A deep depth of field is one in which a large part or all of an image is in acceptable focus. A shallow depth of field is one in which a small portion of the image is in acceptable focus.

Kevin Hehl has used a very shallow depth of field to identify the subject in this beautiful capture. The bee and its immediate surroundings are in sharp focus while the majority of the image is out of focus. 

Kevin Hehl depth of field subject photography

This technique distinguishes the bee in a busy composition of similar tones.

Jim Bigham isolates the subject in this fantastic photo using depth of field and contrast.

Jim Bigham contrast subject photography

The white flowers pop against the dark background to draw the viewer right in to the subject.

Living – Action

The subject of a photograph may be readily identified by the movement or action taking place within the frame. 

Robin Francis fills the frame with the action of the man and the moving water around him.

Robin Francis moving subject photography

The contrast in tones between the subject and his surroundings enhances the definition of the subject.

Living – Still

When photographing a living creature of action and movement, capturing a moment of stillness can establish interest and draw the eye of the viewer to the eye of the subject.

Gerardo Trevino Living Still subject photography

Gerardo Trevino emphasizes the stillness of the moose by filling the frame and using depth of field to separate the subject from the background.

Fill the Frame

Kathleen Spatuzzi illustrates the impact of filling the frame in defining a compositional subject with this awesome photograph. 

Kathleen Spatuzzi Fill the Frame photographing subject

Filling the frame or the majority of the composition with the subject itself creates immediate interest.

Using this technique also draws the viewer to the eyes of the subject.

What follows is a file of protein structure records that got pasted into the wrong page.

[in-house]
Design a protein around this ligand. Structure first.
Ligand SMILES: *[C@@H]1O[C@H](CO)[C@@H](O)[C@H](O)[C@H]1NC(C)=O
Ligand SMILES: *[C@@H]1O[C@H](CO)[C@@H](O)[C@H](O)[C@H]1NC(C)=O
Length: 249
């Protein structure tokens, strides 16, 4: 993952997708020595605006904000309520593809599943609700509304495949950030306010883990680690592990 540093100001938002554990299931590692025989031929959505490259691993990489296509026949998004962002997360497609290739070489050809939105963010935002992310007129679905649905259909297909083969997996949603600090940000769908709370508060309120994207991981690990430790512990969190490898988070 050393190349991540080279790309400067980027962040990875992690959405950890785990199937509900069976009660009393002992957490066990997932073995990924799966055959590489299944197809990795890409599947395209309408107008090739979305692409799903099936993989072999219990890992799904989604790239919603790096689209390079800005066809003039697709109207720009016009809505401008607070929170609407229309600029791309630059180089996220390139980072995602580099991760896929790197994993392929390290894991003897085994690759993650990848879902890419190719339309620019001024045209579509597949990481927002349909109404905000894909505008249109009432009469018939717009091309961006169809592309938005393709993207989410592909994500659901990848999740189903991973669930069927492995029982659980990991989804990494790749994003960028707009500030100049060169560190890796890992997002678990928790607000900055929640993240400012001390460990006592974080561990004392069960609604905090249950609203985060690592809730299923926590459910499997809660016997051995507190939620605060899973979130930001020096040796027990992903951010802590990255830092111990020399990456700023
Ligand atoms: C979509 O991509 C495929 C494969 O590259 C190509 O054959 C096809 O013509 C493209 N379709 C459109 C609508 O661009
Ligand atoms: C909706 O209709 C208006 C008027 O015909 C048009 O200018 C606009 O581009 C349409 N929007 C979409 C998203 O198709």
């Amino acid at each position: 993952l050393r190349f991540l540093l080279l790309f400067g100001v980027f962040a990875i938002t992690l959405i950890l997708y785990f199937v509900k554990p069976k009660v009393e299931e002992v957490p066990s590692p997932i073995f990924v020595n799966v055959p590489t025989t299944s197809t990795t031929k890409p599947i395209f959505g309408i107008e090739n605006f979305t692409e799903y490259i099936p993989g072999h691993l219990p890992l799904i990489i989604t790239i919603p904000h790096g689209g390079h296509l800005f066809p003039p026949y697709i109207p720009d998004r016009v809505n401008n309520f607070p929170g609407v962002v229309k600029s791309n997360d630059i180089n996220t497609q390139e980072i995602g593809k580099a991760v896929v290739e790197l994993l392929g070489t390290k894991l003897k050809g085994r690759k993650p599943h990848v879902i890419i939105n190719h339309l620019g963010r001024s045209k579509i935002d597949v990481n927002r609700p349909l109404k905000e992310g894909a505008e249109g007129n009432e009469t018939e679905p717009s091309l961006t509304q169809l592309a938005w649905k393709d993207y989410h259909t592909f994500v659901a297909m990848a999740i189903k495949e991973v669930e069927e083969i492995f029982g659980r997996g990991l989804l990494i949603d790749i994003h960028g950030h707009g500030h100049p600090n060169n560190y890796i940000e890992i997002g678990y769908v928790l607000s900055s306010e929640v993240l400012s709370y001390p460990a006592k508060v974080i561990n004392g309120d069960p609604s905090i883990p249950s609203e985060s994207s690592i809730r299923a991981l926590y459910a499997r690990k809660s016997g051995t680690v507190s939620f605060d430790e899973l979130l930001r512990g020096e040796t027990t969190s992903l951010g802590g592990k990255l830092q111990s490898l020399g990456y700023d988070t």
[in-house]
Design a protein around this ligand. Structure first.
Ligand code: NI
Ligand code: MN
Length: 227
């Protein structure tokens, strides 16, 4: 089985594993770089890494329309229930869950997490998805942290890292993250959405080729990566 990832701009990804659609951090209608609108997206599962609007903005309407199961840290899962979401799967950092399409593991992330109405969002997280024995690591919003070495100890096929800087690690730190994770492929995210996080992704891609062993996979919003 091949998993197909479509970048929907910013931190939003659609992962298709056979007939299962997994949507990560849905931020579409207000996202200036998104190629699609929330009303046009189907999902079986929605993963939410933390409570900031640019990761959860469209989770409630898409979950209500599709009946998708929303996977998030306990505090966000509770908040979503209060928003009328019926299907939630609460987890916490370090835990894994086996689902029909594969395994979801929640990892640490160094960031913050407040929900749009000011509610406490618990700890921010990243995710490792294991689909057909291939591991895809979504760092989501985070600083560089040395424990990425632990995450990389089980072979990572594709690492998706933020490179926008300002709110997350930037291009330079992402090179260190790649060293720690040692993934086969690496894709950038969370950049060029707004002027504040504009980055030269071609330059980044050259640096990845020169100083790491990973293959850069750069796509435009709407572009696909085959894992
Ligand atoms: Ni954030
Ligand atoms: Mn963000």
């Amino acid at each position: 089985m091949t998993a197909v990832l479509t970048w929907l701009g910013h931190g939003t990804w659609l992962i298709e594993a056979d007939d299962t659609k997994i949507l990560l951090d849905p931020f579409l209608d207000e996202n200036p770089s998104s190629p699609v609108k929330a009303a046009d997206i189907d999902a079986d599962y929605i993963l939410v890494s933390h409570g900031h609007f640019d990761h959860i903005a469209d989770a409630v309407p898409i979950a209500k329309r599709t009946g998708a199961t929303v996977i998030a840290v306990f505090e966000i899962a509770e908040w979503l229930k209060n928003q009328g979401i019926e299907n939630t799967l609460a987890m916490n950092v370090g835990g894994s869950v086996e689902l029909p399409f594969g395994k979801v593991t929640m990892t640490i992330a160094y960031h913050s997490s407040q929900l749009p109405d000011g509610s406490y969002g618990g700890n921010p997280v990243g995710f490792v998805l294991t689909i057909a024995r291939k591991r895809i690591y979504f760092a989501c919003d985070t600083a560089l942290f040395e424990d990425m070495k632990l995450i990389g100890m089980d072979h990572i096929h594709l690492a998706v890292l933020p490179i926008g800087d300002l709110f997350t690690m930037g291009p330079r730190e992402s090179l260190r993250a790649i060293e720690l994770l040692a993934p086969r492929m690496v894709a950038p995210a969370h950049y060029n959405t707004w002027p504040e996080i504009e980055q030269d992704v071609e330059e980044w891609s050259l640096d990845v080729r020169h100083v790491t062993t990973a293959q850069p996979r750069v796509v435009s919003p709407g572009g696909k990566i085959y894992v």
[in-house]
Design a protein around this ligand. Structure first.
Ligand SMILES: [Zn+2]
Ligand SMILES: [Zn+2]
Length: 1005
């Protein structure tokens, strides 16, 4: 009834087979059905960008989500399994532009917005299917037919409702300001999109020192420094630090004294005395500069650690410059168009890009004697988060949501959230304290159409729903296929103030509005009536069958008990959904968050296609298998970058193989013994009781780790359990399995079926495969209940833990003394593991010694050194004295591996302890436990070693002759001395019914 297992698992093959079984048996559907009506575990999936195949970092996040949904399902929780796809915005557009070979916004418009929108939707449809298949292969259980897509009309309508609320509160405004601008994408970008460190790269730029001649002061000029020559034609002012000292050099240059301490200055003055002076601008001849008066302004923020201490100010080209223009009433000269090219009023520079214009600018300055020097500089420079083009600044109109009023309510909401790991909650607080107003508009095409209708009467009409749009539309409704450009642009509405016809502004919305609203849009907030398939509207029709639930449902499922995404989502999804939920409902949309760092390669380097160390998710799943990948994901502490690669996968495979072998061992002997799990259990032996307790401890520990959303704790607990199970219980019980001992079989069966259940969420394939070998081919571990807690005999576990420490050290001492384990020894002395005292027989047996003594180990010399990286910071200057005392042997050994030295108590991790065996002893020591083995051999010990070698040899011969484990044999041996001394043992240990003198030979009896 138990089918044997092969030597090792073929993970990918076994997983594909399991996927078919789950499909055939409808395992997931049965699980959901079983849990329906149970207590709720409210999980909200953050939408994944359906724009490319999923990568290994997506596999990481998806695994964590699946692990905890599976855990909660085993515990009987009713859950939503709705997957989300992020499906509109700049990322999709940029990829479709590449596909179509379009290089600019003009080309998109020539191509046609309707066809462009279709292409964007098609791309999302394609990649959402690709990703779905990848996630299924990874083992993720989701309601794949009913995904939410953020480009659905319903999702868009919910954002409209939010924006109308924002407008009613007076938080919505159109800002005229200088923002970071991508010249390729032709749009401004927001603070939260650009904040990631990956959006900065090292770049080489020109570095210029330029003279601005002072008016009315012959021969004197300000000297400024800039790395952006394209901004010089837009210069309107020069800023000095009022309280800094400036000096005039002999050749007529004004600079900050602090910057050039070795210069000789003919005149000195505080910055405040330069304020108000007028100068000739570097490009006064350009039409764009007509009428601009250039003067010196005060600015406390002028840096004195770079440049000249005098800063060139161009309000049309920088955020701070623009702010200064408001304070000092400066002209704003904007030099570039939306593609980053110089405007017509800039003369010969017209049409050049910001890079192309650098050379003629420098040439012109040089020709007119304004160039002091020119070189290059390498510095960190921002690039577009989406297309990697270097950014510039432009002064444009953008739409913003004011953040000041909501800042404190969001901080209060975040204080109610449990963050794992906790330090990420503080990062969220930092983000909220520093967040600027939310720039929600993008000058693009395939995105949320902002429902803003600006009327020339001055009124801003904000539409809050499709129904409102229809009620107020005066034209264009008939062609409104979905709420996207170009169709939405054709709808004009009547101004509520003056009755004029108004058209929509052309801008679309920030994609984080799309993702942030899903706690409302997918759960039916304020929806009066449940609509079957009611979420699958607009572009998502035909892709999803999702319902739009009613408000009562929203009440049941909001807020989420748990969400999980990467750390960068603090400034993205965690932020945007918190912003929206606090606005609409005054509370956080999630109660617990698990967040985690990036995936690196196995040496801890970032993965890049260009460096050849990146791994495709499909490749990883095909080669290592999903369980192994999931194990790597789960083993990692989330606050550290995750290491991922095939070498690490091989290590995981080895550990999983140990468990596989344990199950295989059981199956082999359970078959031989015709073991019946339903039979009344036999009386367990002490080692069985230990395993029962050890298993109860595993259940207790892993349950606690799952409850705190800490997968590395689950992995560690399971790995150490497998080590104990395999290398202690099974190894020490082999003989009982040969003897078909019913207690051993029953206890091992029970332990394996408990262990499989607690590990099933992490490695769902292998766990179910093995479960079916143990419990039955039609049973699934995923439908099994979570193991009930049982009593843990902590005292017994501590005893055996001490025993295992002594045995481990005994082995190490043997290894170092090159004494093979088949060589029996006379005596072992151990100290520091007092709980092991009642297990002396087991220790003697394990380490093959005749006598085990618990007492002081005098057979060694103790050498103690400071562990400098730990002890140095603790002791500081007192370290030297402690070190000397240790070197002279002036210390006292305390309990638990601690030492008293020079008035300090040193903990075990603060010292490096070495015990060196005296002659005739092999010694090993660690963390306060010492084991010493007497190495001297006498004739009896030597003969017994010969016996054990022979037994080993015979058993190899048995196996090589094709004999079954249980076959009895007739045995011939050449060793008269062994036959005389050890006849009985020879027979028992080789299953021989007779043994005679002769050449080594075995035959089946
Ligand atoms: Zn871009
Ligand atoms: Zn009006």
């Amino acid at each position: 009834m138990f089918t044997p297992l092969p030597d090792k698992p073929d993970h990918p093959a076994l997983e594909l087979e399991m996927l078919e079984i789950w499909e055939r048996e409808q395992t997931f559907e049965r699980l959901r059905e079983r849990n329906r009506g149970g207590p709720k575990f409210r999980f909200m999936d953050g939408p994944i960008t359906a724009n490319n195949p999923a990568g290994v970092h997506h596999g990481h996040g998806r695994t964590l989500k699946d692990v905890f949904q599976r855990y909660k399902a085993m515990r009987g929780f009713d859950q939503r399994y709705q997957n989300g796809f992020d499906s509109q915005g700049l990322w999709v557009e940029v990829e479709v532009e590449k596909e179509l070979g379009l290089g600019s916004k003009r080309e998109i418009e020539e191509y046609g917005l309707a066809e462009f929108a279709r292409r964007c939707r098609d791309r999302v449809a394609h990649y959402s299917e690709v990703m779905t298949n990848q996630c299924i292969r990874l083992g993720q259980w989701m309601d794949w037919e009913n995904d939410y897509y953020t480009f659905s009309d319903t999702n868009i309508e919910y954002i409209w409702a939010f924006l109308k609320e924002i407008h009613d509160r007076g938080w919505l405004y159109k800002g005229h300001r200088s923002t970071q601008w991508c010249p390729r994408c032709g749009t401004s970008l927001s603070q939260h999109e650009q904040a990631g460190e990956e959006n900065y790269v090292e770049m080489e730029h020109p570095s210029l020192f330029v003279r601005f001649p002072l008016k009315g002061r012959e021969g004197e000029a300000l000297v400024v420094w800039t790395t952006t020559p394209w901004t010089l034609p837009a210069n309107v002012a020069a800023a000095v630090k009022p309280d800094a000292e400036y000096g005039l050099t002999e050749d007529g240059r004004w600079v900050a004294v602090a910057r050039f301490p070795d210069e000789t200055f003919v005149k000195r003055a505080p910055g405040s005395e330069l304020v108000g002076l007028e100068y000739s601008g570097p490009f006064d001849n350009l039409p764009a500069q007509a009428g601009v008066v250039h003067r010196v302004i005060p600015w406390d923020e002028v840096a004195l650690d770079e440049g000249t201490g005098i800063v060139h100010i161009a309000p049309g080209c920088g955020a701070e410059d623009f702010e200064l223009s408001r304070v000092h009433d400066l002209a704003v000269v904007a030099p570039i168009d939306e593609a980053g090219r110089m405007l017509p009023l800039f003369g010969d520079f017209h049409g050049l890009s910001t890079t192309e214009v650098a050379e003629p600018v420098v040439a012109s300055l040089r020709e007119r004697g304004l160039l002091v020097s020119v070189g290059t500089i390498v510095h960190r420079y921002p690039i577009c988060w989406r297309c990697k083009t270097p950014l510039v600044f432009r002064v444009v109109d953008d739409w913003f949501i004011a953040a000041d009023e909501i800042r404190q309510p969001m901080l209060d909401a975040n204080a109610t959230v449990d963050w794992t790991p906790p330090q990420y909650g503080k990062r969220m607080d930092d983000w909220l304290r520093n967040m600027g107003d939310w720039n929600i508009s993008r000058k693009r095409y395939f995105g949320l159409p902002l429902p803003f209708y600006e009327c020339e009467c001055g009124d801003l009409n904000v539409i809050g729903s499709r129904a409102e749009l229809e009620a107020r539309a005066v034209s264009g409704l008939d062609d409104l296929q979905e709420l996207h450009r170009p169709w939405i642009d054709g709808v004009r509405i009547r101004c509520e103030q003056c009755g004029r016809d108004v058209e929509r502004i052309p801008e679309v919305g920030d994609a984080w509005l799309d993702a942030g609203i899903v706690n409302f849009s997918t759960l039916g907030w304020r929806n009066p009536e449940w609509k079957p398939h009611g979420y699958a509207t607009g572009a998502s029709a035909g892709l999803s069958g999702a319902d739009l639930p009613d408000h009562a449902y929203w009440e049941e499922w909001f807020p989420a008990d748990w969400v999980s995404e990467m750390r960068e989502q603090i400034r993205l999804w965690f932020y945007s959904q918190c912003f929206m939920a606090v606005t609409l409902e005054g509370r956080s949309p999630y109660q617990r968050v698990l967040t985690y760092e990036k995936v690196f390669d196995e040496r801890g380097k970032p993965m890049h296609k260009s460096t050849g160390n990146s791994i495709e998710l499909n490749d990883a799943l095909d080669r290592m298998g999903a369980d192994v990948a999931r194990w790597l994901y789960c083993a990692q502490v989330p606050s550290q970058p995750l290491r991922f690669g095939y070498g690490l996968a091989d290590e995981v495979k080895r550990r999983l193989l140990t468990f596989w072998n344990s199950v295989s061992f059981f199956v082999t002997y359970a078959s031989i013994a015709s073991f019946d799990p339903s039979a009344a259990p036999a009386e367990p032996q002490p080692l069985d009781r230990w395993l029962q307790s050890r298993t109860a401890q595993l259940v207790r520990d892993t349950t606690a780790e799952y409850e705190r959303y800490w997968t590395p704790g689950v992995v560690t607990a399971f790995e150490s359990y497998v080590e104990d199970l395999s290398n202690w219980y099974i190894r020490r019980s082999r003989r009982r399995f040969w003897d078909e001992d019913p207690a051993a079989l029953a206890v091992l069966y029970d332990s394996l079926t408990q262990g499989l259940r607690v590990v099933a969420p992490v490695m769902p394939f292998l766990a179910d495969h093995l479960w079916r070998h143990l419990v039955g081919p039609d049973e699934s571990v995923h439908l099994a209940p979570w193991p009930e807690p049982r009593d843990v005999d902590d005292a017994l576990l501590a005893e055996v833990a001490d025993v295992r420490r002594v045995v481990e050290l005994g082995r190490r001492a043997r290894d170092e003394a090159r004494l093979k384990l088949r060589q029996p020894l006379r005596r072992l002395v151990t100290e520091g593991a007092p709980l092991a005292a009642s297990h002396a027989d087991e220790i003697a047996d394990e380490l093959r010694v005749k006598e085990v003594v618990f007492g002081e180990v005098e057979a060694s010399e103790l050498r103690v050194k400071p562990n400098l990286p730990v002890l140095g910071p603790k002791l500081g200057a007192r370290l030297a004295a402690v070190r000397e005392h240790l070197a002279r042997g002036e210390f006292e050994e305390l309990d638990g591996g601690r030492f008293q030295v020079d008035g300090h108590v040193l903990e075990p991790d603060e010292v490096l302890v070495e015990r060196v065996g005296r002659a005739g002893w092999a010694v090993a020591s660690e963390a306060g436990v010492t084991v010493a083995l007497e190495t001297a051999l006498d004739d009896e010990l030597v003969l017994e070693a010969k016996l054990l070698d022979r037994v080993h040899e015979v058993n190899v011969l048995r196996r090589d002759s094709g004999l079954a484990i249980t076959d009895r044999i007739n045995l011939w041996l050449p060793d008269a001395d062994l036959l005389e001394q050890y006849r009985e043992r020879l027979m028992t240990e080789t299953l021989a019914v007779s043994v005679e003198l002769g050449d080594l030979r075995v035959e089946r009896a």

Notice how Dani McCulloch fills the frame with a part of her subject, not the entire horse.

Dani McCulloch subject photography

Focusing on a part of the subject adds interest to the viewer because the details become more apparent as you get closer to a subject.

Contrast

A stark contrast in tones and colors can be very useful in creating impact, and in isolating subjects in a photograph. 

Sharon Plyler has applied this concept in her photo of a black bear surrounded by a green habitat. 

Sharon Plyler Tonal Contrast subject photography

The contrasting tones of the bear’s black fur and the bright green foliage pops the subject out of its surroundings. 

Another fine example of tonal contrast is this great capture of the moon by Steven Sanmarco.

Steven Sanmarco contrast photographing subject

The viewer’s attention and interest are held by the striking differences in the black and white tones.

It’s immediately apparent what the subject is in this photo.

Temperature Contrast is the contrast between warm tones and cool tones. It’s a useful tool in separating and defining the subject of a photograph. 

David Joyner temperature contrast

In this photo by David Joyner, the warm tones of sunlight on the horse separates him from the cooler tones of his environment. 

Sharpness contrast means capturing a subject in sharp detail in opposition to a lack of detail and sharpness in the surroundings.

Allen Simpson Contrast Sharpness when photographing a subject

In Allen Simpson’s spectacular image, the sharpness and detail of the elk separates him from the rest of the composition. 

When photographing wildlife, this is a terrific way to compose a well defined subject.

Conceptual

Daphne Brislin illustrates a conceptual approach to defining a subject in photography. 

Daphne Brislin conceptual subject photography

The geometric, chaotic and aged nature of the subject in her captivating image identifies the subject within a tonal and beautiful natural environment.

There is a stark contrast between the aged and broken construct of mankind within the timeless nature of a mountain scene.

Were you inspired by these photos?

Every week in our Facebook group (Your Photography Journey), we have a challenge that focuses on an element of composition. Understanding these simple elements will help you improve your photography skills!

→ DOWNLOAD our 52 Week Photography Challenge List!

We also do live video Photo Reviews each week to discuss compositional elements on the photos group members want us to review, similar to the video we included in this article.

Our group members find the reviews very helpful – see what they have to say! We’d love to have you join us!